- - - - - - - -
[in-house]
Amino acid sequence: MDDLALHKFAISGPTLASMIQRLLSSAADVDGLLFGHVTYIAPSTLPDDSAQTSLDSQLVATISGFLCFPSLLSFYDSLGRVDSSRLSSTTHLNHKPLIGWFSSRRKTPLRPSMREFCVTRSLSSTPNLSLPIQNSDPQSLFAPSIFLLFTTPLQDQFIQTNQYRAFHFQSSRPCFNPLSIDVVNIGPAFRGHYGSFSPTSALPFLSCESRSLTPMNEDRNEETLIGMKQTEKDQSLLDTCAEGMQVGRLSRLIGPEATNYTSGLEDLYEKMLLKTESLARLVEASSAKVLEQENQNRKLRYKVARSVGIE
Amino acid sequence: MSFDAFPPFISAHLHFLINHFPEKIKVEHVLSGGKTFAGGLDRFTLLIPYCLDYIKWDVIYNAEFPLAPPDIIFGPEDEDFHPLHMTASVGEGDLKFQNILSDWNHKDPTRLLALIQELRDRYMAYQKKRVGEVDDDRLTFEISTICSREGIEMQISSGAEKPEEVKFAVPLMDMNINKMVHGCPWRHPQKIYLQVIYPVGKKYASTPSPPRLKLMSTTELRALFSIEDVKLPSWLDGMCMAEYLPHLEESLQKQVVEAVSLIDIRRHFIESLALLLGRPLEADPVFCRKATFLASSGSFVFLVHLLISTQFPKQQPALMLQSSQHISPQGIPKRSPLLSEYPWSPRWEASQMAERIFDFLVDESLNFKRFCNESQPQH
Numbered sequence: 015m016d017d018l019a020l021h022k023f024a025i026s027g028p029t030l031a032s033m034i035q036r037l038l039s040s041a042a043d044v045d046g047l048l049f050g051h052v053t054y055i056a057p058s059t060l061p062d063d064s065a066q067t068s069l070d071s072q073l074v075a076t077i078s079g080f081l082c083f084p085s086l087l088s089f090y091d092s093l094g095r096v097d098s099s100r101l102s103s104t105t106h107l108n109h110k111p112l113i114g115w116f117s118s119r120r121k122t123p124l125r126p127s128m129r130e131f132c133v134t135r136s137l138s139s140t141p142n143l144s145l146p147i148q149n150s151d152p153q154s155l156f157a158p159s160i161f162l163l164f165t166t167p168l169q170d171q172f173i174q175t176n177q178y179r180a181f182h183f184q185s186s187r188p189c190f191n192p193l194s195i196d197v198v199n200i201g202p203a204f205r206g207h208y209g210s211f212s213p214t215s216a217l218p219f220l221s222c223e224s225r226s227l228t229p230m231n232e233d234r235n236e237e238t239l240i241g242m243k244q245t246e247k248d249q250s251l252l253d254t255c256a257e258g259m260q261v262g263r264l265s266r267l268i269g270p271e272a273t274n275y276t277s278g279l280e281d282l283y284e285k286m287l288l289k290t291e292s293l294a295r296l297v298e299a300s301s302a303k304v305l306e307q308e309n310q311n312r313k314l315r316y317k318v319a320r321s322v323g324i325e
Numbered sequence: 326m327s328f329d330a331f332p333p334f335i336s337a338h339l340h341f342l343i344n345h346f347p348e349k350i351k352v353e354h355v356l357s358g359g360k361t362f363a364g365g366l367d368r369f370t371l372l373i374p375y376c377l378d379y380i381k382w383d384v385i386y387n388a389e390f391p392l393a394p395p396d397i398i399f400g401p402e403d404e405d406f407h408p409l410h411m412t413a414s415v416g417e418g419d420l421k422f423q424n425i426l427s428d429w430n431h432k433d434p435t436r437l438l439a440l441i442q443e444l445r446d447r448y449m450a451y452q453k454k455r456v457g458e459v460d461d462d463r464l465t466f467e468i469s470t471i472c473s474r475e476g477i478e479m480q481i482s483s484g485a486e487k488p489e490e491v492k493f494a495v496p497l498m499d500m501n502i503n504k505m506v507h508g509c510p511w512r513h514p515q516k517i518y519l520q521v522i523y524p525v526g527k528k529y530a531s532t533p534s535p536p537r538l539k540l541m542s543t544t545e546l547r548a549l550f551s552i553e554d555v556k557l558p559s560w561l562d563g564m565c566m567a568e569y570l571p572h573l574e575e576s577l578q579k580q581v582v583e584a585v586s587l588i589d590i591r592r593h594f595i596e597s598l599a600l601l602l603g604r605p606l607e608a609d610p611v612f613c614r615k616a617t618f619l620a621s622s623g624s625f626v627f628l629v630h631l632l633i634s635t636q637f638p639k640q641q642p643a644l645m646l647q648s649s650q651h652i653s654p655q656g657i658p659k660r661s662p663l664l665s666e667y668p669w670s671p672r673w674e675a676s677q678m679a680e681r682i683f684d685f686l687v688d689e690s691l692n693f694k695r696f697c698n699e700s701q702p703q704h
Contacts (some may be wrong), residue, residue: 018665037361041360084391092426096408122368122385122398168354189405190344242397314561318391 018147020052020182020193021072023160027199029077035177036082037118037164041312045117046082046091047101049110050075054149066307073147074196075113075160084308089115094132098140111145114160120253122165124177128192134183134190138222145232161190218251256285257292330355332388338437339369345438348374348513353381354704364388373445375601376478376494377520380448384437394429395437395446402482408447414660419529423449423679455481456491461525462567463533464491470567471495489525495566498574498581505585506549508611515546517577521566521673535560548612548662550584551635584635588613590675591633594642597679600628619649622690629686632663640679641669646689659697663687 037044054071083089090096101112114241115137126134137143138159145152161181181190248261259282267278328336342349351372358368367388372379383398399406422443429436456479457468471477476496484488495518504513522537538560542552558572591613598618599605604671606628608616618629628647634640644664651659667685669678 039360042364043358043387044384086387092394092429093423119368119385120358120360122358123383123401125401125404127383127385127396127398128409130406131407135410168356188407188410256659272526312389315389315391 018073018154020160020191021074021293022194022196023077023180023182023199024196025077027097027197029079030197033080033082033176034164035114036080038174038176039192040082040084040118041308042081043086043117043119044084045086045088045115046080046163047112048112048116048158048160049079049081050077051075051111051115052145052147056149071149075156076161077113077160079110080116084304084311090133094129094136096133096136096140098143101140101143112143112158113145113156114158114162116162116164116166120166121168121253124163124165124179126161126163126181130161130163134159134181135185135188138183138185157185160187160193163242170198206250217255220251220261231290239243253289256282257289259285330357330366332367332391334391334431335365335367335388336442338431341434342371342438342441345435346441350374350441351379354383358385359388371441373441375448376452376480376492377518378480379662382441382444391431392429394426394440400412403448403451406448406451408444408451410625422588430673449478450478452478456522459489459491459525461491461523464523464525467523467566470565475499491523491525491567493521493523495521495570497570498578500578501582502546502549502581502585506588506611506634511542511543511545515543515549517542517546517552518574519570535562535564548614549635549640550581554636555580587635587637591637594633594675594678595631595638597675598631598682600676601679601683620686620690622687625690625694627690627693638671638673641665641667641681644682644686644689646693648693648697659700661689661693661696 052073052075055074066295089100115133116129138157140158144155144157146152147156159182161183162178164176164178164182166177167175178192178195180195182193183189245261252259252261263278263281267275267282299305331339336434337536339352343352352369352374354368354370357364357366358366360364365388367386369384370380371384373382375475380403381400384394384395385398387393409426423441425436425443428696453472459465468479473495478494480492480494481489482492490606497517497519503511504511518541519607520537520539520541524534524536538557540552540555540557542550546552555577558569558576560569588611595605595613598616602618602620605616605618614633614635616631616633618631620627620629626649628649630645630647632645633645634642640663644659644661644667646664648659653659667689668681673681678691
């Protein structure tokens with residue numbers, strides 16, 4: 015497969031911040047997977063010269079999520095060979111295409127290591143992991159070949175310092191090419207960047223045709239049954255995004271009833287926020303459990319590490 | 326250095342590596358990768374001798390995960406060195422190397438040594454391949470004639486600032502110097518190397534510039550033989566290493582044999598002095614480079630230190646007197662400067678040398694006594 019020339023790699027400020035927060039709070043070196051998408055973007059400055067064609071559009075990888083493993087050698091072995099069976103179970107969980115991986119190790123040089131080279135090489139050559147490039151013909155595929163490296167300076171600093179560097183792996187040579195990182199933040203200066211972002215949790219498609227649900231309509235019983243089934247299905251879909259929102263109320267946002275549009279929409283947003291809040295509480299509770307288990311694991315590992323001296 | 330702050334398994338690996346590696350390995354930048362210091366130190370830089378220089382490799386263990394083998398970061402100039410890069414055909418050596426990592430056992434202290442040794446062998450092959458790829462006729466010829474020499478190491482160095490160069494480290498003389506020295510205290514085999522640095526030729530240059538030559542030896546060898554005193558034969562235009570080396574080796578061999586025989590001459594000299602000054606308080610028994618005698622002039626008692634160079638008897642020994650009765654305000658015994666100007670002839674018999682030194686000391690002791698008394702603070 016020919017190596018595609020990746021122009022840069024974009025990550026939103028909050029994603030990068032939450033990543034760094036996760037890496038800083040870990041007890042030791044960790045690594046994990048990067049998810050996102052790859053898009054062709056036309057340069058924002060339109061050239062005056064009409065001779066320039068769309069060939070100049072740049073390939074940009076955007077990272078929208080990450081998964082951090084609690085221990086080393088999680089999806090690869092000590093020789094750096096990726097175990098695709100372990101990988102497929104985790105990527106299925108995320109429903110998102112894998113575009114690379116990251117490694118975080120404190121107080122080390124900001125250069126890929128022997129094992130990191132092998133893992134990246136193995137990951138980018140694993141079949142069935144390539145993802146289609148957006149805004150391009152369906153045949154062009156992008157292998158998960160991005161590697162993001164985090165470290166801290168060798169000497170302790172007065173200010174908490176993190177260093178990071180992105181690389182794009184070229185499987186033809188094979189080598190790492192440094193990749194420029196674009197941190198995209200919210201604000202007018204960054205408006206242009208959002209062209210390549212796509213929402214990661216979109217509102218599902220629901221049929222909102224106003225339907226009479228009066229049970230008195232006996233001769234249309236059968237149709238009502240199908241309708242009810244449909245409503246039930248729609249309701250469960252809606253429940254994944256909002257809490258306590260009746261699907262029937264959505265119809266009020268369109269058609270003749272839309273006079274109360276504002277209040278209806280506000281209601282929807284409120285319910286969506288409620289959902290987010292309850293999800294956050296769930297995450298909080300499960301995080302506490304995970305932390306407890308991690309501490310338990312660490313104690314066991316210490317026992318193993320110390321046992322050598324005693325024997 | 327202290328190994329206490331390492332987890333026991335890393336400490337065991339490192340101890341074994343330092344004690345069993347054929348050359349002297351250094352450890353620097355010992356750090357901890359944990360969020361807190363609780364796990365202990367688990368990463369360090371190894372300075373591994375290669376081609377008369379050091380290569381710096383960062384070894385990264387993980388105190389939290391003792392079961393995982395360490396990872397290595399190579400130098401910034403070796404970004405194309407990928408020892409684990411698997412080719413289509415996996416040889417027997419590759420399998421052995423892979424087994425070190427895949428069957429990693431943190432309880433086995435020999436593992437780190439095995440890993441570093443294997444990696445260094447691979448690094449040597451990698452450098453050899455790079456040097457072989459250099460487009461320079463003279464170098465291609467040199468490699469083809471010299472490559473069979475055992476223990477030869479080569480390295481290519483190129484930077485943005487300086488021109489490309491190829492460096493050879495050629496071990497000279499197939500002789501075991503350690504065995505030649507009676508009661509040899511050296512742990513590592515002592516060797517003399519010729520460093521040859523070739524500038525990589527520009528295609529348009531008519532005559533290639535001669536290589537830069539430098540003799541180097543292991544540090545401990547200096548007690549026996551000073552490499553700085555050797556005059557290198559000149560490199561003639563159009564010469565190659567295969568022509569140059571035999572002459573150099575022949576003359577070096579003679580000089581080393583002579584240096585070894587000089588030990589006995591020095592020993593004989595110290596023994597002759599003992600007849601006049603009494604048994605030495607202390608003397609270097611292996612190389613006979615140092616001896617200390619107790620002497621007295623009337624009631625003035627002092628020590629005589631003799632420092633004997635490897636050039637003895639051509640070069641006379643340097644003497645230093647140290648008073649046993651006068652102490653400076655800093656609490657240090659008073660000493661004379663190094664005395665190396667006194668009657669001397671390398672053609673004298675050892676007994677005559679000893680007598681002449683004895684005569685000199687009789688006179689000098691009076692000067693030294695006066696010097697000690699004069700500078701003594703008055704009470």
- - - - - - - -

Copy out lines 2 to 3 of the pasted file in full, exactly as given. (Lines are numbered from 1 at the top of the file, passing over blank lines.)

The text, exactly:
Amino acid sequence: MDDLALHKFAISGPTLASMIQRLLSSAADVDGLLFGHVTYIAPSTLPDDSAQTSLDSQLVATISGFLCFPSLLSFYDSLGRVDSSRLSSTTHLNHKPLIGWFSSRRKTPLRPSMREFCVTRSLSSTPNLSLPIQNSDPQSLFAPSIFLLFTTPLQDQFIQTNQYRAFHFQSSRPCFNPLSIDVVNIGPAFRGHYGSFSPTSALPFLSCESRSLTPMNEDRNEETLIGMKQTEKDQSLLDTCAEGMQVGRLSRLIGPEATNYTSGLEDLYEKMLLKTESLARLVEASSAKVLEQENQNRKLRYKVARSVGIE
Amino acid sequence: MSFDAFPPFISAHLHFLINHFPEKIKVEHVLSGGKTFAGGLDRFTLLIPYCLDYIKWDVIYNAEFPLAPPDIIFGPEDEDFHPLHMTASVGEGDLKFQNILSDWNHKDPTRLLALIQELRDRYMAYQKKRVGEVDDDRLTFEISTICSREGIEMQISSGAEKPEEVKFAVPLMDMNINKMVHGCPWRHPQKIYLQVIYPVGKKYASTPSPPRLKLMSTTELRALFSIEDVKLPSWLDGMCMAEYLPHLEESLQKQVVEAVSLIDIRRHFIESLALLLGRPLEADPVFCRKATFLASSGSFVFLVHLLISTQFPKQQPALMLQSSQHISPQGIPKRSPLLSEYPWSPRWEASQMAERIFDFLVDESLNFKRFCNESQPQH